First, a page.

Sociologist Naomi Braine’s new book on the global feminist movement for self-managed abortion took her to Latin America, sub-Saharan Africa, and Europe to study activists’ work there.
Jan 30, 2024
From 2017 to 2019, sociologist Naomi Braine, a professor at Brooklyn College, traveled in Latin America, sub-Saharan Africa, and Europe to study what she terms a global feminist movement for self-managed abortion (SMA). The result is her new book, Abortion Beyond the Law: Building a Global Feminist Movement for Self-Managed Abortion (Verso, 2023).
The story of self-managed abortion starts from the fact that, according to the Guttmacher Institute, at least half of all abortions around the world in 2017 were medication abortions, in which people used drugs to end their pregnancies. (The ambiguous legal status of abortion in many countries means that the data is incomplete.) This contrasts with the common image of so-called “procedural” abortion, which occurs under professional medical care and mostly or entirely in a clinic or hospital.
29 JAN 2024
Médecins Sans Frontières
In every country, women from all walks of life may seek out an abortion at some time of their lives due to many reasons. Where safe abortion care is too difficult to access, people with an unwanted pregnancy often have no choice but to resort to unsafe abortion, one of the leading causes of maternal mortality globally.
To reduce the high number of women dying from unsafe abortion, Mozambique in 2014 legalised abortion up to 12 weeks and beyond in cases of rape, incest, and severe foetal anomalies such as heart defects. This essential care is provided free of charge. But even though abortion is free and legal, other barriers including stigma and misinformation can still make it difficult to access safe care.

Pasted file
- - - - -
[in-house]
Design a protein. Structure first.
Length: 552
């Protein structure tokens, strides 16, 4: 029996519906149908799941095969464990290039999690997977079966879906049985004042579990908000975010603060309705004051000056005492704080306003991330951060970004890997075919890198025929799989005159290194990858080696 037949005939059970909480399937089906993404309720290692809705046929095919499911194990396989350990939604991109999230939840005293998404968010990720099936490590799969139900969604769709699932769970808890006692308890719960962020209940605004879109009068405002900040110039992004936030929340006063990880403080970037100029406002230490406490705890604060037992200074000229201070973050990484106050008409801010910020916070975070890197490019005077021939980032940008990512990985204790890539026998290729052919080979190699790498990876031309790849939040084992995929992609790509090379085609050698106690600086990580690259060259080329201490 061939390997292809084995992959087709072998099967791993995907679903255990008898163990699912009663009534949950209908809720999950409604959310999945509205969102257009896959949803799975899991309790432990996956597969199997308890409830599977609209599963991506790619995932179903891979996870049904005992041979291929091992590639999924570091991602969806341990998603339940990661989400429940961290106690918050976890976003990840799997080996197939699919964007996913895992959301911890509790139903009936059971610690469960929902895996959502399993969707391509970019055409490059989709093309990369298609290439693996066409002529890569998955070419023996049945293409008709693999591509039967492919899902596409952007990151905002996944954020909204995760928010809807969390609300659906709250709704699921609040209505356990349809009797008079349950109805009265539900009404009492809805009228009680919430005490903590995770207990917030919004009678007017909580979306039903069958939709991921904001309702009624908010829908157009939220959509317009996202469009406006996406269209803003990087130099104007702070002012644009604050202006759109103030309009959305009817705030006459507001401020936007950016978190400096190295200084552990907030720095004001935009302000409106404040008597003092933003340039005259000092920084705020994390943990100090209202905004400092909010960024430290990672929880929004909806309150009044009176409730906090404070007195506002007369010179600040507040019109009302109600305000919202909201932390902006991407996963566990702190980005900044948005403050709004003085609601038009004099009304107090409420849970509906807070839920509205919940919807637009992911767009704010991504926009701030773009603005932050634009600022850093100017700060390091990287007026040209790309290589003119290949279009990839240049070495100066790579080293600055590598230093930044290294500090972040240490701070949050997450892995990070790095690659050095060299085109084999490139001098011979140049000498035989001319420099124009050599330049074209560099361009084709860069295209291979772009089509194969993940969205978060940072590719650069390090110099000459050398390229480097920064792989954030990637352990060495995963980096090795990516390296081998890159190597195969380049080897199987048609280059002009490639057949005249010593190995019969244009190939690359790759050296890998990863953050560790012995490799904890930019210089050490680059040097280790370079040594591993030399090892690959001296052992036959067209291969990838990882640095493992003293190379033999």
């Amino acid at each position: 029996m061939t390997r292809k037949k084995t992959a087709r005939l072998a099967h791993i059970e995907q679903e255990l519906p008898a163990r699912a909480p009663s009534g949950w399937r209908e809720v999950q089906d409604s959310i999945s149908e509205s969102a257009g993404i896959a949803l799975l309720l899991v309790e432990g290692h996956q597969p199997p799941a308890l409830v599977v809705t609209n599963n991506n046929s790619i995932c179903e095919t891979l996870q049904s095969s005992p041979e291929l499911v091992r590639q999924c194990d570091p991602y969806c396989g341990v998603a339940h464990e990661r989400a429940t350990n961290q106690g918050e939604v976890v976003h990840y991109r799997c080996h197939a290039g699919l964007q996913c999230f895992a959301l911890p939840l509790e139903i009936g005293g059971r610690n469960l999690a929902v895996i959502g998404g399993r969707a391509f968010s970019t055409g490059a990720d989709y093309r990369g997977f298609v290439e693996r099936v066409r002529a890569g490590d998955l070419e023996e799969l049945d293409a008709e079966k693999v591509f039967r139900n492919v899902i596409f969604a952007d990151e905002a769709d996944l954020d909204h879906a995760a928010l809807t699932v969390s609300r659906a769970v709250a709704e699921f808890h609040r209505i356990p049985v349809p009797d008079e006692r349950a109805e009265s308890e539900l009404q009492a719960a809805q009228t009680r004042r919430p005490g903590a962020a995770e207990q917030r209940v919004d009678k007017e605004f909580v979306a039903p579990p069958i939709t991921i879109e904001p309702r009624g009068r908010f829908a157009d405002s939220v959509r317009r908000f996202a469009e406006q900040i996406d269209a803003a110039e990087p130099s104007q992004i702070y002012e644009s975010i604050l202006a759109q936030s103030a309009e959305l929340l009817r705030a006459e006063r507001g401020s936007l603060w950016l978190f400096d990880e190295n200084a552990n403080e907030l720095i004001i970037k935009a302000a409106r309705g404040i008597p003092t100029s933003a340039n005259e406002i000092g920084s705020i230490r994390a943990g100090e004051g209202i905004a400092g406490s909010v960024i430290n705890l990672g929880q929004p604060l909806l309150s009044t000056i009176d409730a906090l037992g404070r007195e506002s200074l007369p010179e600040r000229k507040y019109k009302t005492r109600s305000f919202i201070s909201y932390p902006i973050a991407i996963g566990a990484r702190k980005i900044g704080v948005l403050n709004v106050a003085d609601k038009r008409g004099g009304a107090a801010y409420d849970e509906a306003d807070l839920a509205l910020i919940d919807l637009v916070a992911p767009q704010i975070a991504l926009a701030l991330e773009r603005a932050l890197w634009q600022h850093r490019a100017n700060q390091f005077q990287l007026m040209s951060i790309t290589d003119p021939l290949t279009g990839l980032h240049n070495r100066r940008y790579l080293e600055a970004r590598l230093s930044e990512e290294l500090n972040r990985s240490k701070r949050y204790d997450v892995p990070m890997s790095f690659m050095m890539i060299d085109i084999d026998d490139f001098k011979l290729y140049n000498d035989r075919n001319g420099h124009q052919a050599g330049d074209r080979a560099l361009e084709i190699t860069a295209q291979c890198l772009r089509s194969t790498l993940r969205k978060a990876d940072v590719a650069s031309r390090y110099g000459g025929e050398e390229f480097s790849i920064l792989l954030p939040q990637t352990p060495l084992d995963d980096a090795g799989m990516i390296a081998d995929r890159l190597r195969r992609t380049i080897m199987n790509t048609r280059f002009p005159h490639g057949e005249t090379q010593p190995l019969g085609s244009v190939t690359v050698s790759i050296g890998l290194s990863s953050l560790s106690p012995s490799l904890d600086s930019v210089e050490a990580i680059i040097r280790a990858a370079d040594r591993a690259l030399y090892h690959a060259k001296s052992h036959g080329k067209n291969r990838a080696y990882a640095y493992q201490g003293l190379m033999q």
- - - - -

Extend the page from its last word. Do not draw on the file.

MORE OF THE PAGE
By Yerin Kim
Courtney, 27, learned about advance provision — a practice that involves ordering abortion pills as a precautionary measure — during a TikTok scroll. Once she found there were telehealth organizations safely shipping abortion pills to states with abortion bans, she sought her own supply. Living in Arkansas, where abortion is completely banned, paired with recently learning that she'd been taking a medication that had made her birth control ineffective, Courtney requested advance-provision pills through Aid Access, a nonprofit providing access to medication abortion by mail.
"If I ever was in the position of being pregnant and wanting to terminate, I would have the option to decide that for myself in the comfort of my home."
Two cases — one concerning medication abortion and another about providing the procedure in medical emergencies — could further upend a profession already under siege.
Shefali Luthra, Health Reporter
January 19, 2024
Less than two years ago, the Supreme Court eliminated the federal right to an abortion, a decision that the court’s conservative majority suggested would remove them from further litigation of abortion rights..
”The Court’s decision properly leaves the question of abortion for the people and their elected representatives in the democratic process,” Justice Brett Kavanaugh wrote in a concurring opinion.
BY LAURA UNGAR
January 2, 2024
Thousands of women stocked up on abortion pills just in case they needed them, new research shows, with demand peaking in the past couple years at times when it looked like the medications might become harder to get.
Medication abortion accounts for more than half of all abortions in the U.S., and typically involves two drugs: mifepristone and misoprostol. A research letter published Tuesday in JAMA Internal Medicine looked at requests for these pills from people who weren’t pregnant and sought them through Aid Access, a European online telemedicine service that prescribes them for future and immediate use.